Chris Paddack looks back at what it took for "amazing" timing in Minnesota Twins bullpen

After undergoing his second Tommy John surgery, Minnesota Twins pitcher Chris Paddack is providing help out of the bullpen just in time for the postseason.
Minnesota Twins pitcher Chris Paddack
Minnesota Twins pitcher Chris Paddack / Nathan Ray Seebeck-USA TODAY Sports

Those 1.1 scoreless innings that Chris Paddack threw on Saturday in the Minnesota Twins' ALDS loss to the Houston Astros were the result of a lot of work and sacrifice just to get back on the mound.

The 27-year-old right-hander has now undergone two Tommy John surgeries, including the one that cost him the vast majorities of the 2022 and 2023 campaigns. However, Paddack worked in the shadows with one goal in mind ... and that was to get back on the mound in time to make an impact for the Twins in the postseason.

Chris Paddack talks about journey back to Minnesota Twins

Acquired in a trade with the San Diego Padres before the 2022 season, Paddack experienced elbow inflammation after leaving his fifth start with the Twins (on May 8) after just 2.1 innings. Later that month, manager Rocco Baldelli announced that Paddack would undergo his second Tommy John surgery.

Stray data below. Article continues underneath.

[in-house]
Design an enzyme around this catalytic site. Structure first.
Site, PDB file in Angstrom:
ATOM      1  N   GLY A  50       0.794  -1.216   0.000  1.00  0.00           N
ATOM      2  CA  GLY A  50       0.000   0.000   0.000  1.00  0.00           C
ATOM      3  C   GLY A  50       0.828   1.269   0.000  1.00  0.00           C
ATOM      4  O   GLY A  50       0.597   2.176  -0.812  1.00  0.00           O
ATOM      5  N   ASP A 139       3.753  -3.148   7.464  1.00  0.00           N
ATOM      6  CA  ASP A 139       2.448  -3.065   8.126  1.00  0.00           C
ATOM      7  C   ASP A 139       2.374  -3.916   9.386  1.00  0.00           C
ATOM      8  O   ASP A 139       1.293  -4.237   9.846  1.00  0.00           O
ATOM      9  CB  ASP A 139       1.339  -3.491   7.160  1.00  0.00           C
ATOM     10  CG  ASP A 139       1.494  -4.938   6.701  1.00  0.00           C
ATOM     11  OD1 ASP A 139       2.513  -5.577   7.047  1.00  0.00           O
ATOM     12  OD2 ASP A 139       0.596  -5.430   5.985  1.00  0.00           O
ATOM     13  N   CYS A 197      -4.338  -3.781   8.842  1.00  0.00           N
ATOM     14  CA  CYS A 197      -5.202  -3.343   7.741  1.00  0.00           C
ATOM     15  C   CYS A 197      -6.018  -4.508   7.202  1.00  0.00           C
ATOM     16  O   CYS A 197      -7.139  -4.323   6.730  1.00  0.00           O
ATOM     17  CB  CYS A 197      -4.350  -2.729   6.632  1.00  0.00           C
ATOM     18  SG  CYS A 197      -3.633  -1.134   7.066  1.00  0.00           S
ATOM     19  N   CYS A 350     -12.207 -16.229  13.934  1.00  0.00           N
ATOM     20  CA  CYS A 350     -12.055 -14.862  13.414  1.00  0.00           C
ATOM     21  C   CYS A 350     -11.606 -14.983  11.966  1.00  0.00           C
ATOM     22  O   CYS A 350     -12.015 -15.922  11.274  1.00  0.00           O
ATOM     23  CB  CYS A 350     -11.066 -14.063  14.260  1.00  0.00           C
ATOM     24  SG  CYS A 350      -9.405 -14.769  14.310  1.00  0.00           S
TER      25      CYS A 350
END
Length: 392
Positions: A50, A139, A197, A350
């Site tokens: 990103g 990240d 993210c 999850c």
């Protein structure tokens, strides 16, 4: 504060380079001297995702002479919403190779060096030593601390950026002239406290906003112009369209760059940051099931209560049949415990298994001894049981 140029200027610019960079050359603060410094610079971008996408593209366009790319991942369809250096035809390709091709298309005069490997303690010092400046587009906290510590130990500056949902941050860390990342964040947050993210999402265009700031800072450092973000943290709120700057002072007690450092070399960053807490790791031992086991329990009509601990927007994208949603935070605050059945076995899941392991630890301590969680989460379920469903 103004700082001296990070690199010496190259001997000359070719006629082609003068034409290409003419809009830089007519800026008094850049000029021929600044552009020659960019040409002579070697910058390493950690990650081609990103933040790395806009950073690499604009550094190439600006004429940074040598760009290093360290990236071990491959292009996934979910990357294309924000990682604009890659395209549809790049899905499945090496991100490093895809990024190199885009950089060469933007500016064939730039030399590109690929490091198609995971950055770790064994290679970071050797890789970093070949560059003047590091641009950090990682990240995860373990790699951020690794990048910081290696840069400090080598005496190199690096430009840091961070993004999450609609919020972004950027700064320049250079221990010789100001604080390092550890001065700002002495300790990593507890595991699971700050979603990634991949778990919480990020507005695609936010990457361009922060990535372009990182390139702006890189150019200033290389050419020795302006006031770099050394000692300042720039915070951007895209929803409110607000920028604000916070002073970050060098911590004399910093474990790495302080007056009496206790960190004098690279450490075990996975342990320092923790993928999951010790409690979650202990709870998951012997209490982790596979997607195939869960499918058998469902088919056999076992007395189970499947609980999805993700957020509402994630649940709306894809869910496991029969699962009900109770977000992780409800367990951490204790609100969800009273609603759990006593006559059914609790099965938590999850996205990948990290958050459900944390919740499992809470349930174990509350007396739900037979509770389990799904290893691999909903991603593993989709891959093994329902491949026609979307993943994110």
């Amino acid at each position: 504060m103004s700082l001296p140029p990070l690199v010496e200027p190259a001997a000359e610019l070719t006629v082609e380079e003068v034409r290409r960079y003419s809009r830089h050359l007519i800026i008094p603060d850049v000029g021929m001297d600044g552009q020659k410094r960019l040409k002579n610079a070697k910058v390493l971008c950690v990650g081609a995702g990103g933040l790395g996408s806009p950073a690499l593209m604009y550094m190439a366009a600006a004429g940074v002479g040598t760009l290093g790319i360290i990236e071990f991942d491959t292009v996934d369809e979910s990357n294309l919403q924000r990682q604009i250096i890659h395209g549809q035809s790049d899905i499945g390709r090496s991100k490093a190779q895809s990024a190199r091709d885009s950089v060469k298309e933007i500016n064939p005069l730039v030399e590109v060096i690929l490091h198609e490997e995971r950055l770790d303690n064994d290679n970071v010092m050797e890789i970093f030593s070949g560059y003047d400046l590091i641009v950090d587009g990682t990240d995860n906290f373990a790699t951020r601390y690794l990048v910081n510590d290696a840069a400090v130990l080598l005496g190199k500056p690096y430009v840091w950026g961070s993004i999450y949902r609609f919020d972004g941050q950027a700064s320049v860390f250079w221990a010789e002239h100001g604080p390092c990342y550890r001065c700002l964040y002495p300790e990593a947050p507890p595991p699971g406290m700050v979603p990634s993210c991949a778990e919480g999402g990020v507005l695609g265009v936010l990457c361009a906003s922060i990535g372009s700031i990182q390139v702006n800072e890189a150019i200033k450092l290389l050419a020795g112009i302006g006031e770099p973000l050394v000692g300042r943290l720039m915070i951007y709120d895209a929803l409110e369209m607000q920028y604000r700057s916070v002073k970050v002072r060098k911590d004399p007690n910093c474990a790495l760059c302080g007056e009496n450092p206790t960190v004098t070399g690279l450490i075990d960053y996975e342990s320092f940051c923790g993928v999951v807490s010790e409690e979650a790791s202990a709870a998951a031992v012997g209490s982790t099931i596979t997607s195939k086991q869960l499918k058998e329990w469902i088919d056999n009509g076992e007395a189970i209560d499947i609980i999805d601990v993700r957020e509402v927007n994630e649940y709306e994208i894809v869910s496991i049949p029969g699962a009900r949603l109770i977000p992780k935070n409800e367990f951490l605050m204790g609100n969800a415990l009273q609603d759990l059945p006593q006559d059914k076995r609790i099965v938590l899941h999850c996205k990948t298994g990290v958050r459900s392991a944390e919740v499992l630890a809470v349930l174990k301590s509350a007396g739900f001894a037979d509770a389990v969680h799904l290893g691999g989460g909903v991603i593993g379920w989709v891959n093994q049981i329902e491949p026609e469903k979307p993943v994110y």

Working hard in his rehab to get back to the Twins before the postseason began, Paddack made his return in late September and threw 5.0 innings to test his readiness to be on the postseason roster. His three innings of shutout ball against the Colorado Rockies on September 30 earned him his first win in more than 16 months.

"Especially getting in the win column, and having a little bit to contribute, which was my goal in January looking back over the last 16 months," Paddack said after that victory.

Paddack admitted the work put in to get back to the postseason made the experience "amazing" as the Twins clinched the American League Central title and punched their playoff ticket.

"I sat down with our coaching staff and our training staff back in January and asked them what was a realistic goal for myself," Paddack said. "Obviously a lot of things had to go my way with no setbacks and staying focused on the end goal. Some days were better than others. It was hard at times, watching these guys win and not be able to be a part of it, but they knew I was busting my butt in Florida."

"Him being back on the team is awesome," said infielder Kyle Farmer. "He brings good energy to the team and he's a great guy to have in the locker room."

That energy and the work that went into it paid off on Saturday for the Twins when Paddack took the mound inside Minute Maid Park and struck out two of the four batters he faced.

"It's pretty special to me when I set some personal goals in January that I wanted to come back at the end of September, and being able to accomplish those goals and seeing the hard work pay off, it's pretty special," Paddack said.